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December 1951


AMA Arch Intern Med. 1951;88(6):762-769. doi:10.1001/archinte.1951.03810120063006

THE ASSOCIATION of certain endocrine abnormalities, particularly those of estrogen metabolism, with fairly severe liver disease is common and well known. Some of the clinical signs and symptoms of such association are, in the male, gynecomastia, softening of the testes, loss of axillary hair, impotence, and decreased libido, and, in the female, menstrual disturbances, breast changes and symptoms, and acne. Infertility may occur in both sexes.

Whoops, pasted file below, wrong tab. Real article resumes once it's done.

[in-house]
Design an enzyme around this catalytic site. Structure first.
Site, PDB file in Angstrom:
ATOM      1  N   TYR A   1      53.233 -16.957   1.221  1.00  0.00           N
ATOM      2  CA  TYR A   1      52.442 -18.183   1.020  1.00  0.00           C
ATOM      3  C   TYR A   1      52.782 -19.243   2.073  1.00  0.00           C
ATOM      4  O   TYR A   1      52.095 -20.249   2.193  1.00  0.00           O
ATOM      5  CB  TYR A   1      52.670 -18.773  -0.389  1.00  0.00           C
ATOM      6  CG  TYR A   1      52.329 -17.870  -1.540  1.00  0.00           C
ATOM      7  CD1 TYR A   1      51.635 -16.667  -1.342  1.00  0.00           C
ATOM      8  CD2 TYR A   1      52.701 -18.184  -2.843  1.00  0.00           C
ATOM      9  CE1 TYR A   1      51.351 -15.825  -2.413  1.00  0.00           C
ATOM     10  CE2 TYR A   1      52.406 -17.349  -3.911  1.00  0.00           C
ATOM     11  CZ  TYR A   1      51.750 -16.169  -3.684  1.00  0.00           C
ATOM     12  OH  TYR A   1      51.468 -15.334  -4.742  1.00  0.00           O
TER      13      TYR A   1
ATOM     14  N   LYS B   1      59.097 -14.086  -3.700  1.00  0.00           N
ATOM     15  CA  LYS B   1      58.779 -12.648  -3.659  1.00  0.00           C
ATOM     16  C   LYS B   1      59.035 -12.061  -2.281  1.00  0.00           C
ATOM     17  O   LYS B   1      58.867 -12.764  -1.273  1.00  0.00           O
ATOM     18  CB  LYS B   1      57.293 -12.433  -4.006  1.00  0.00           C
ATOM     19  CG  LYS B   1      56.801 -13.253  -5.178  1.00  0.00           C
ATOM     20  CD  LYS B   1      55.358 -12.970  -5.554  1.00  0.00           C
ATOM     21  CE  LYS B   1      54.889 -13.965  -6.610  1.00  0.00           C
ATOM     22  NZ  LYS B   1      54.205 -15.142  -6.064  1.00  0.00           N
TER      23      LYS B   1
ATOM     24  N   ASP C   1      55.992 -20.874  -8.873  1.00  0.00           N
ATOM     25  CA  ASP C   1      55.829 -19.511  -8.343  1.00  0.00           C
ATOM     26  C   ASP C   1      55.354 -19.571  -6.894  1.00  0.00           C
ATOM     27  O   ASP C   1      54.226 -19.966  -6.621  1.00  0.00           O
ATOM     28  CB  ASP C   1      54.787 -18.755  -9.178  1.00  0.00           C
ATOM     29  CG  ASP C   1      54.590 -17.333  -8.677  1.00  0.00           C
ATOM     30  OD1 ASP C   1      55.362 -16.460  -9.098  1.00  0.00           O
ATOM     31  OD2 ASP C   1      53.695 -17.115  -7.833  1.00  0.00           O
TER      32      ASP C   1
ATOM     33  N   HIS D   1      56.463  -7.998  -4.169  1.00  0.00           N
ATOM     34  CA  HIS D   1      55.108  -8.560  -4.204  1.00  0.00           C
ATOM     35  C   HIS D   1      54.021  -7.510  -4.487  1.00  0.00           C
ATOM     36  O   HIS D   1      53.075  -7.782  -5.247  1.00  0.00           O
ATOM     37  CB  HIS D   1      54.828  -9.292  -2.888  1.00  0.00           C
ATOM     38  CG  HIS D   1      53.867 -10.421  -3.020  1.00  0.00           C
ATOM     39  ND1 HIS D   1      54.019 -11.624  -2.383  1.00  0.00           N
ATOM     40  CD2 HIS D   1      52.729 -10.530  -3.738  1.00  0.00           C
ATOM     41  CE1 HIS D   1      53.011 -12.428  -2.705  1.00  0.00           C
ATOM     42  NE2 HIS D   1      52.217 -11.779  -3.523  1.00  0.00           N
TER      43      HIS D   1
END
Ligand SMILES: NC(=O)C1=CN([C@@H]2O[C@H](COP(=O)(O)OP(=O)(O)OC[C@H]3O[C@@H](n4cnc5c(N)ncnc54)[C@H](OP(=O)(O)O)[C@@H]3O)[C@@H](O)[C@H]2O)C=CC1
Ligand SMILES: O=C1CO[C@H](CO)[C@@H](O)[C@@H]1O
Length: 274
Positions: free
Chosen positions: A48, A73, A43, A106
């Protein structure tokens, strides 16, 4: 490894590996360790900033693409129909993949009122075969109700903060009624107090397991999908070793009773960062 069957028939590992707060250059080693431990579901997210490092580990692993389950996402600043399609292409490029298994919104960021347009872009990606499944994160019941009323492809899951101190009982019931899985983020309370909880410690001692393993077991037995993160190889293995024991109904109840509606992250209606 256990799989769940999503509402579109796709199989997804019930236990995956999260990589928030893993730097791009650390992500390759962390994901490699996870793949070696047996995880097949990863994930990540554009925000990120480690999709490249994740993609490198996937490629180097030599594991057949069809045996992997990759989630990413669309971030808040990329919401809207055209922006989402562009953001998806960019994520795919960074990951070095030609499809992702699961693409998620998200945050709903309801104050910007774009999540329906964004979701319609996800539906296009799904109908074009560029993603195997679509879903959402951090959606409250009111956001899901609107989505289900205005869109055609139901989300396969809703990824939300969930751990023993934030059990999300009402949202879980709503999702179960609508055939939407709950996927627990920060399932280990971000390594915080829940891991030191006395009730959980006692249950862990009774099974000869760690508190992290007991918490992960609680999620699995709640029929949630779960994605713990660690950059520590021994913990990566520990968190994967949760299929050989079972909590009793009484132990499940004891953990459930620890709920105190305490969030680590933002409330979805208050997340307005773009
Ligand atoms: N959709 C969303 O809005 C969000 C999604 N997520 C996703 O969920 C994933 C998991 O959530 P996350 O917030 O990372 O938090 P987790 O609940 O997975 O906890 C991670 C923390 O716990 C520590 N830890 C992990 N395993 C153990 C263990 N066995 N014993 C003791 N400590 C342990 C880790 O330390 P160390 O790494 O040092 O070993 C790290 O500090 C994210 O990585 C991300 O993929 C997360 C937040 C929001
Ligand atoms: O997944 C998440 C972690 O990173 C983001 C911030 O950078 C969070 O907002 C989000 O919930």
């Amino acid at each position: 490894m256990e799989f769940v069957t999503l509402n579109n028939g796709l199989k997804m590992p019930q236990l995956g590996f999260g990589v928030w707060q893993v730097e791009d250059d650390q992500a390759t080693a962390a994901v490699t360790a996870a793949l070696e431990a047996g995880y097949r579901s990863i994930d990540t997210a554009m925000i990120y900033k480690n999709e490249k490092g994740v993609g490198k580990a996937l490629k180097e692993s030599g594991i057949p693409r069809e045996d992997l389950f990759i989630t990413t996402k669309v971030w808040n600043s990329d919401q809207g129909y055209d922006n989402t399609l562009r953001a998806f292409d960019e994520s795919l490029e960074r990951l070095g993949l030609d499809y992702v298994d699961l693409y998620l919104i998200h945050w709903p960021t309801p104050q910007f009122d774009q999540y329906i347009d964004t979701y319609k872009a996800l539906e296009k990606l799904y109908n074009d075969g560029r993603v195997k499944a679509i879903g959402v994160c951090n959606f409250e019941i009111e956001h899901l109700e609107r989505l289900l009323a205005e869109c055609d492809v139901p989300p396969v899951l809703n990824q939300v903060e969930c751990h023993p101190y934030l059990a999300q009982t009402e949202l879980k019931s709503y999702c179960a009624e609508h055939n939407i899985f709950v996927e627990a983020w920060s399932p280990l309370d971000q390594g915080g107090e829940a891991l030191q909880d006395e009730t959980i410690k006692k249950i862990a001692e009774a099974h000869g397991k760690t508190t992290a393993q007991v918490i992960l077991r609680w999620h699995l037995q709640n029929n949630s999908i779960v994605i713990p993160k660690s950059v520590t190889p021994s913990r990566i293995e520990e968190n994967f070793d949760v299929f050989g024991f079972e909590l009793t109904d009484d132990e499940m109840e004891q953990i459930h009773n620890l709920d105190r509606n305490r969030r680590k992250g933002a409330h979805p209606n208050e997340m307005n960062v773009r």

Some patients with these endocrine abnormalities have clinically evident liver disease; some give a history of having had jaundice in the past but show no other evidence of impaired liver function, and others exhibit no apparent cause in the history or findings for their endocrine or estrogen disturbance. We have become more aware in recent years of the existence of impaired liver function in persons who have been and are otherwise in apparently good health. It is well known that hepatitis with appreciable liver

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